Less than 0.5 g of fat per serving

[same thing for “trans-fat free” — may still contain up to 0.49 grams which can add up with multiple servings]

17

What does it mean to be low fat?

3 g of fat or less per serving

18

What does it mean to be reduced fat or “less fat”

At least 25% less fat than regular produce

19

PMH and PSH clues to nutritional status

PMH — diet related illnessess (CV disease, DM, HTN), psychiatric disorders, seizure disorders, colitis, end-stage chronic disease (COPD, CKD)

PSH — GI surgery: gastrectomy, bariatric surgery, fistula or wound healing concerns

20

Medications and allergy-related clues to nutritional status

Antiepileptics, PPIs, supplement use (MVI, herbal remedies)

Allergies: food intolerances (lactose, gluten), true allergies (nuts, seeds, shellfish)

21

Social history clues to nutritional status

Chronic alcoholism or recreational drugs

Social isolation (divorce, loss of spouse)

Loss of job (food insecurity, homelessness)

Dietary history

22

PE findings suggestive of possible nutritional deficiency in general

Vitals: BMI assessment

Eyes, tongue, teeth, gums, hair, nails, mental status changes

Changes in skin integrity, loss of subcutaneous fat

23

Important lab values to assess for possible nutritional deficiency

CBC (MCV)
WBC
Albumin
total protein
TSH

24

Integral component of rhodopsin and iodopsin; deficiency is made worse with conditions that have fat malabsorption. Sources include milk, fish oil, liver, eggs, carrots, squash, and greens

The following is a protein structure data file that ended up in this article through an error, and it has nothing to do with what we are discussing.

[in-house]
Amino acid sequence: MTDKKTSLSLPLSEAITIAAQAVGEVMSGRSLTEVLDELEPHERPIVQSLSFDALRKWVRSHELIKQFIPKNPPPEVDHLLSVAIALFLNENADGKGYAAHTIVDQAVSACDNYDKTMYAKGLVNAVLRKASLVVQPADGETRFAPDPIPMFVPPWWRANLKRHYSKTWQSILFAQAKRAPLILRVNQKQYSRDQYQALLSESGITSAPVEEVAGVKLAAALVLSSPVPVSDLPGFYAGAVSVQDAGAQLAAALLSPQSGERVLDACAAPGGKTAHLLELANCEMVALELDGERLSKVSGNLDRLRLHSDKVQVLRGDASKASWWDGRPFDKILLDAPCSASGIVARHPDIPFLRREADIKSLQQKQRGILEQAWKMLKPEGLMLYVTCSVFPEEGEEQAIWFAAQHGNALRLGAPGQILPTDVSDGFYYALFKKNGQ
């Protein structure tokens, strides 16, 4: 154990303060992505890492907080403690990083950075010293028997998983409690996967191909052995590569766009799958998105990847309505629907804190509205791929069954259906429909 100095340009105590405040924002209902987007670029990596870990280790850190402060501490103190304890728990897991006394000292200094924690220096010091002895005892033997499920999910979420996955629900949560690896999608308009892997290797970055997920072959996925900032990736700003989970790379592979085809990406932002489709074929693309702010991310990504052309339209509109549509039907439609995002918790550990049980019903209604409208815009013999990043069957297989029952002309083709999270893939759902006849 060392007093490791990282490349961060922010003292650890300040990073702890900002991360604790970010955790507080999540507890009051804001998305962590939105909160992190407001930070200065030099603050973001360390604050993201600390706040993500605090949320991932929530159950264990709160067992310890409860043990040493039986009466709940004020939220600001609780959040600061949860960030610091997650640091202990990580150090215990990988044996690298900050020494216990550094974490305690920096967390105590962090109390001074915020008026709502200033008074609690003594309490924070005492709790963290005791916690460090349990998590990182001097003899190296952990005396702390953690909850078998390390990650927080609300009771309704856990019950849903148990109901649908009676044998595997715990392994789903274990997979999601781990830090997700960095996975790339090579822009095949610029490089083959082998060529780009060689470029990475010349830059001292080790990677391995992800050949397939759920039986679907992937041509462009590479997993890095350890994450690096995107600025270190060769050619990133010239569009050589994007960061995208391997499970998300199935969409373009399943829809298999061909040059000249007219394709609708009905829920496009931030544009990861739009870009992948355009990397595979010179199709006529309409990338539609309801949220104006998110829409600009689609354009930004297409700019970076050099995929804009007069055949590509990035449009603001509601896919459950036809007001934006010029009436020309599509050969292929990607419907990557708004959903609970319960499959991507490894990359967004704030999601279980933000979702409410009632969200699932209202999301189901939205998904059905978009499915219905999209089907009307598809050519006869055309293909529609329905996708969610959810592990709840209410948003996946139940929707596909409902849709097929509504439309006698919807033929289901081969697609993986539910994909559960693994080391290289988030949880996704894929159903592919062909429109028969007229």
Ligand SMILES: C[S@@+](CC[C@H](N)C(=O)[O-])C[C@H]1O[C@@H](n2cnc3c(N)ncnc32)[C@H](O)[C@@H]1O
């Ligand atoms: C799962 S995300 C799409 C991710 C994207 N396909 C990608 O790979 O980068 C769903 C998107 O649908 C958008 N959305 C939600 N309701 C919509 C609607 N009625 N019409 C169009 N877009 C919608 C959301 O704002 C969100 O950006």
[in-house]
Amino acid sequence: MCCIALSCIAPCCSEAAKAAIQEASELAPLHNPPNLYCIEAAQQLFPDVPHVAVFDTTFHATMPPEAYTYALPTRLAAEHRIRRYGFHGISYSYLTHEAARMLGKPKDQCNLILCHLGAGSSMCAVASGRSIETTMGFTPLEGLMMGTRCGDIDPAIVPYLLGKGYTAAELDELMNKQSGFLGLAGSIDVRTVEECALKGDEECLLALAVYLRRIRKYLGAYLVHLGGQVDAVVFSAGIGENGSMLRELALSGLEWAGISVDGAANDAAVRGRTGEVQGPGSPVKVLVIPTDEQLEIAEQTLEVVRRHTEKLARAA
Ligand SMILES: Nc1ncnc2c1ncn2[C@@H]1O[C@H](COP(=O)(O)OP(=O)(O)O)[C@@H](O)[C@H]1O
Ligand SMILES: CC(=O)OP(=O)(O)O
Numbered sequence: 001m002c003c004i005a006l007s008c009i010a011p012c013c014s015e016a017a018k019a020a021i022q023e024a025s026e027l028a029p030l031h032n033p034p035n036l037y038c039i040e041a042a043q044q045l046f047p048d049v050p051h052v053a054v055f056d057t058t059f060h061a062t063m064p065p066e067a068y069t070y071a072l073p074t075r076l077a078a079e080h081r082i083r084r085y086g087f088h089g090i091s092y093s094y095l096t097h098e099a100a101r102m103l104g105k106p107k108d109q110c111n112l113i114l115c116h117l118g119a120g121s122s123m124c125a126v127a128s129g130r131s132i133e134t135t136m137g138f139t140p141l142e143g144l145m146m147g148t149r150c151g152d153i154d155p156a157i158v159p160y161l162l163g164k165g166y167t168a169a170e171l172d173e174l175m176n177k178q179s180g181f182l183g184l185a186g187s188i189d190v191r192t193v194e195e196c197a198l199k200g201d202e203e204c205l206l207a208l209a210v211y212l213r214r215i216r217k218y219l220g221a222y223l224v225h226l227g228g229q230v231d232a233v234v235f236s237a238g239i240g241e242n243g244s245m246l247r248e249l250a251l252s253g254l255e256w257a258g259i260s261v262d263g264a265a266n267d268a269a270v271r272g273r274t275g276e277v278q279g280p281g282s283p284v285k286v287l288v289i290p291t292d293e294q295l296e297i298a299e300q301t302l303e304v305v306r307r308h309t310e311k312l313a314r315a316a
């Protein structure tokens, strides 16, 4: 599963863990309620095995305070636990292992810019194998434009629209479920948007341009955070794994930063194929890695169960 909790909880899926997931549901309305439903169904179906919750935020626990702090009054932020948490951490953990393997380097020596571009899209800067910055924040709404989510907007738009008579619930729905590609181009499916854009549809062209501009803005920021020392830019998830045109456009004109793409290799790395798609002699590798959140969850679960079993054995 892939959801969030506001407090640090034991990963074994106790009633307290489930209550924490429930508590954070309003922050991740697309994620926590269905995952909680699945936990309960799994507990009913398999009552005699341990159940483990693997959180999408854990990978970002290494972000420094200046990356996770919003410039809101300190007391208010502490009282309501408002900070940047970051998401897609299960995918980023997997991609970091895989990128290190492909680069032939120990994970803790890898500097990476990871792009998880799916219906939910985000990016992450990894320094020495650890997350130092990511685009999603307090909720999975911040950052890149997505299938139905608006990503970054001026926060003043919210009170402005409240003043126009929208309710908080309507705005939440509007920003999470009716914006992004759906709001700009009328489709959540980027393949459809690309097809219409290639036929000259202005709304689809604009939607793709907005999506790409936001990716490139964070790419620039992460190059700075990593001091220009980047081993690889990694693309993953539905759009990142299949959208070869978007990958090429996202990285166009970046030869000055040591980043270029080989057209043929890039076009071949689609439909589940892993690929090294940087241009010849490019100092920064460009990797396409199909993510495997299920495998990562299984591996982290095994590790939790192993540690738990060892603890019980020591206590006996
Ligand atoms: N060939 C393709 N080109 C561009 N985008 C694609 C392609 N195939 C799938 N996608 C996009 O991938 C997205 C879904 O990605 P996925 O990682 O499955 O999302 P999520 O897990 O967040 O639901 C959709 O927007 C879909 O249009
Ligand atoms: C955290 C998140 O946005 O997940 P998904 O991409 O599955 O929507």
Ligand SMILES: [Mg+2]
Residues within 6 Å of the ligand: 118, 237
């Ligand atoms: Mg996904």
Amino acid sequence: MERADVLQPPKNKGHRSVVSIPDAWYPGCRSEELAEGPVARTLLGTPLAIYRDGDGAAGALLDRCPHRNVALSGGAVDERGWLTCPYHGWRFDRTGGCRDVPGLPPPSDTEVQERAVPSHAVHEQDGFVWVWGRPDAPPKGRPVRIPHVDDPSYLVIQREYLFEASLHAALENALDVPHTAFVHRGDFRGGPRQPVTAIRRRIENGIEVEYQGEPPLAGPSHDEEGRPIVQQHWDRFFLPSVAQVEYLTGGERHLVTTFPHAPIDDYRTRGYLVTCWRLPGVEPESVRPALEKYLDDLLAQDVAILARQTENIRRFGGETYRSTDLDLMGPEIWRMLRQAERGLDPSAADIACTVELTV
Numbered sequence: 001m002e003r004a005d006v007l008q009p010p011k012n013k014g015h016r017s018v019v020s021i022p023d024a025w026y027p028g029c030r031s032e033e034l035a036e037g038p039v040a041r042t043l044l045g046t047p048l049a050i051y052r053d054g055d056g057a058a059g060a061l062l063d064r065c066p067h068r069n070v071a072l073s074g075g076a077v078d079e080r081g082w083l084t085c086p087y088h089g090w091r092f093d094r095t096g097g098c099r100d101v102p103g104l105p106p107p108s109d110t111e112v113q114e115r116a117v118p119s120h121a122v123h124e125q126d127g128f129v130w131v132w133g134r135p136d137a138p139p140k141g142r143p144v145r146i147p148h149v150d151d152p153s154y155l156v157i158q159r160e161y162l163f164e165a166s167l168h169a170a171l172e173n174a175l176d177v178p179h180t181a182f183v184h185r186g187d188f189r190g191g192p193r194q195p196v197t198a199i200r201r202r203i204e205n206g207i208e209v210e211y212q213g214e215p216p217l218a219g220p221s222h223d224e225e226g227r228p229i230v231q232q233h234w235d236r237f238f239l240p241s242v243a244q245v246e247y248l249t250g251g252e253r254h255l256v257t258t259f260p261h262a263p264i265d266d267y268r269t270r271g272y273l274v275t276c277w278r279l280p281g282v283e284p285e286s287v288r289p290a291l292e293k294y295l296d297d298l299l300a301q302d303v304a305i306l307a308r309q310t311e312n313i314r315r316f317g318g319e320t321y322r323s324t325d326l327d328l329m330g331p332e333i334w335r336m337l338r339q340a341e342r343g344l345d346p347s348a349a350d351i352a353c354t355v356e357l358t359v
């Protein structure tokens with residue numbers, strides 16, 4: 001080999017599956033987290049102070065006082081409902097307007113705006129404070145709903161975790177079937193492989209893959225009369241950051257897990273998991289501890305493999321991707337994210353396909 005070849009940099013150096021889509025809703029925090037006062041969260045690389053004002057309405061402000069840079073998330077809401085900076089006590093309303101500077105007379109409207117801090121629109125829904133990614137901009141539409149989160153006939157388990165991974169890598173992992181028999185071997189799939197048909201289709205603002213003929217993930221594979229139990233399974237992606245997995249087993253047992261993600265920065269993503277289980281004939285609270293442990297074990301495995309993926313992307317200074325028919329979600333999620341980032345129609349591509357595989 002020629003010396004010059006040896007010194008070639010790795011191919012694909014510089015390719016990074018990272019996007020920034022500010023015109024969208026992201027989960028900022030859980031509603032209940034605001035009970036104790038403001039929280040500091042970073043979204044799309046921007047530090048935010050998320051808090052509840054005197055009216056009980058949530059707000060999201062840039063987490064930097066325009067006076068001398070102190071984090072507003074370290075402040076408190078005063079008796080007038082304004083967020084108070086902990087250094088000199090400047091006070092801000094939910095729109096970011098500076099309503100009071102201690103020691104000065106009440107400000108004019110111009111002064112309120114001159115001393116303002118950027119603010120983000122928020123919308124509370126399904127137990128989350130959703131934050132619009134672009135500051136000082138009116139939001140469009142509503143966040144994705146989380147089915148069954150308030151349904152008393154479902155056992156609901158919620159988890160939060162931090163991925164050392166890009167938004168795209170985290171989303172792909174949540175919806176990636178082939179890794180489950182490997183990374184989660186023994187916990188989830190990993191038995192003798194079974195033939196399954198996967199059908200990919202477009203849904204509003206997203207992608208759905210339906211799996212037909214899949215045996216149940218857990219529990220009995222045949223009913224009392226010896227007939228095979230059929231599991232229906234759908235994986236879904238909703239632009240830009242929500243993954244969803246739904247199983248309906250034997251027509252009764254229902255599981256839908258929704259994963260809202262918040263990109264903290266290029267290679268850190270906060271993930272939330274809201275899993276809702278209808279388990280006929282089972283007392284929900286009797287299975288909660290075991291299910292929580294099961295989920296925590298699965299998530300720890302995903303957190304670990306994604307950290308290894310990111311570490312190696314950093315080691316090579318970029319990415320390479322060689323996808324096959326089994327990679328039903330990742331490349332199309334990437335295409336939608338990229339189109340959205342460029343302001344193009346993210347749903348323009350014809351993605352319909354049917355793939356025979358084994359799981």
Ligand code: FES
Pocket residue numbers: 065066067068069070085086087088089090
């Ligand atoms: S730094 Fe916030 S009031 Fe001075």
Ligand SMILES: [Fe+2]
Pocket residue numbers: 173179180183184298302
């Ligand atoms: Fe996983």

Vitamin A

25

Which of the following might lead to vitamin A deficiency?

A. Crohns disease
B. Celiac disease
C. Bariatric surgery
D. Chronic mineral oil use for constipation
E. All of the above

E. All of the above

26

Diarrhea, dementia, pigmented dermatitis in sun-exposed areas, glossitis, stomatitis, vertigo, and BURNING paresthesias are signs of _____ deficiency

Niacin (B3)

27

Hyperpigmentation in exposed areas, creases and flexures; megaloblastic anemia, thrombocytopenia, weakness, paresthesias, numbness, ataxia, delirium, atrophic patch tongue, weight loss, and fatigue may indicate ___ deficiency

Vitamin B12

28

Fatigue, depression, widespread abnormalities in CT, inflamed gingiva, petechiae, hemorrhage, impaired wound healing, hyperkeratosis, corkscrew hairs, and bleeding into body cavities indicates possible ____ deficiency

Vitamin C

29

Vitamin needed for biosynthesis of bile acids, collagen, and norepinephrine

Vitamin C

30

Niacin (B3) is synthesized in the body from ______; sources include meats, poultry, fish, legumes, and wheat

Tryptophan

31

Both osteoporosis and sarcopenia have been linked to deficiency in ______